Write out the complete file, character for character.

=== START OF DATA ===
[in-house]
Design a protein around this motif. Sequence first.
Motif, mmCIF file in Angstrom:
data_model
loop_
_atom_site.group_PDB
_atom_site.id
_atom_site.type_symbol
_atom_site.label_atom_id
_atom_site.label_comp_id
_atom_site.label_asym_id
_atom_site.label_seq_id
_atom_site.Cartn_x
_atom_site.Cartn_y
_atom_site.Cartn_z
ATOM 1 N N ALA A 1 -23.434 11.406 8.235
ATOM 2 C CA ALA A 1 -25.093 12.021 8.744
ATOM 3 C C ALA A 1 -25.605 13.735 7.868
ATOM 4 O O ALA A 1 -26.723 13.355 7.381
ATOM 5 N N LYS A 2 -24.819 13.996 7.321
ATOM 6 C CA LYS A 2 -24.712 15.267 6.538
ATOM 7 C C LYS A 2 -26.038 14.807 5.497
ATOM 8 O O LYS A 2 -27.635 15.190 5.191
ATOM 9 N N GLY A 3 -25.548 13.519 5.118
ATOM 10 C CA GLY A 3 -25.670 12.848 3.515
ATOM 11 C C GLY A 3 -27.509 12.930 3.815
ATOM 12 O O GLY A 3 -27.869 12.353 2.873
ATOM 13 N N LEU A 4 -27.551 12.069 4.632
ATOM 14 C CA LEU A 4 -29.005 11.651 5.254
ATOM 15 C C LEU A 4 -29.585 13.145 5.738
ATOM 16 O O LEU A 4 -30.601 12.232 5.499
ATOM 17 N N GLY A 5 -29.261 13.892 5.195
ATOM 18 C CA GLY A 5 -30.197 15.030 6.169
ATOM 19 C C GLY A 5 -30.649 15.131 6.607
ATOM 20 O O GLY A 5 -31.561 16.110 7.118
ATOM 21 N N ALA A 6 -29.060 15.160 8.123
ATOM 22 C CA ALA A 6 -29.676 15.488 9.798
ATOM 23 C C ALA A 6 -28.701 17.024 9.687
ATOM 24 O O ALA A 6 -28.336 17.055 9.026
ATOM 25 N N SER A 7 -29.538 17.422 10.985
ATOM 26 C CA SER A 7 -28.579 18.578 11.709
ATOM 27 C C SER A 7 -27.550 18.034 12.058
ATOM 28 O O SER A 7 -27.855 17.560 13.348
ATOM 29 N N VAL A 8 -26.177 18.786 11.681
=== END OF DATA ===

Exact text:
[in-house]
Design a protein around this motif. Sequence first.
Motif, mmCIF file in Angstrom:
data_model
loop_
_atom_site.group_PDB
_atom_site.id
_atom_site.type_symbol
_atom_site.label_atom_id
_atom_site.label_comp_id
_atom_site.label_asym_id
_atom_site.label_seq_id
_atom_site.Cartn_x
_atom_site.Cartn_y
_atom_site.Cartn_z
ATOM 1 N N ALA A 1 -23.434 11.406 8.235
ATOM 2 C CA ALA A 1 -25.093 12.021 8.744
ATOM 3 C C ALA A 1 -25.605 13.735 7.868
ATOM 4 O O ALA A 1 -26.723 13.355 7.381
ATOM 5 N N LYS A 2 -24.819 13.996 7.321
ATOM 6 C CA LYS A 2 -24.712 15.267 6.538
ATOM 7 C C LYS A 2 -26.038 14.807 5.497
ATOM 8 O O LYS A 2 -27.635 15.190 5.191
ATOM 9 N N GLY A 3 -25.548 13.519 5.118
ATOM 10 C CA GLY A 3 -25.670 12.848 3.515
ATOM 11 C C GLY A 3 -27.509 12.930 3.815
ATOM 12 O O GLY A 3 -27.869 12.353 2.873
ATOM 13 N N LEU A 4 -27.551 12.069 4.632
ATOM 14 C CA LEU A 4 -29.005 11.651 5.254
ATOM 15 C C LEU A 4 -29.585 13.145 5.738
ATOM 16 O O LEU A 4 -30.601 12.232 5.499
ATOM 17 N N GLY A 5 -29.261 13.892 5.195
ATOM 18 C CA GLY A 5 -30.197 15.030 6.169
ATOM 19 C C GLY A 5 -30.649 15.131 6.607
ATOM 20 O O GLY A 5 -31.561 16.110 7.118
ATOM 21 N N ALA A 6 -29.060 15.160 8.123
ATOM 22 C CA ALA A 6 -29.676 15.488 9.798
ATOM 23 C C ALA A 6 -28.701 17.024 9.687
ATOM 24 O O ALA A 6 -28.336 17.055 9.026
ATOM 25 N N SER A 7 -29.538 17.422 10.985
ATOM 26 C CA SER A 7 -28.579 18.578 11.709
ATOM 27 C C SER A 7 -27.550 18.034 12.058
ATOM 28 O O SER A 7 -27.855 17.560 13.348
ATOM 29 N N VAL A 8 -26.177 18.786 11.681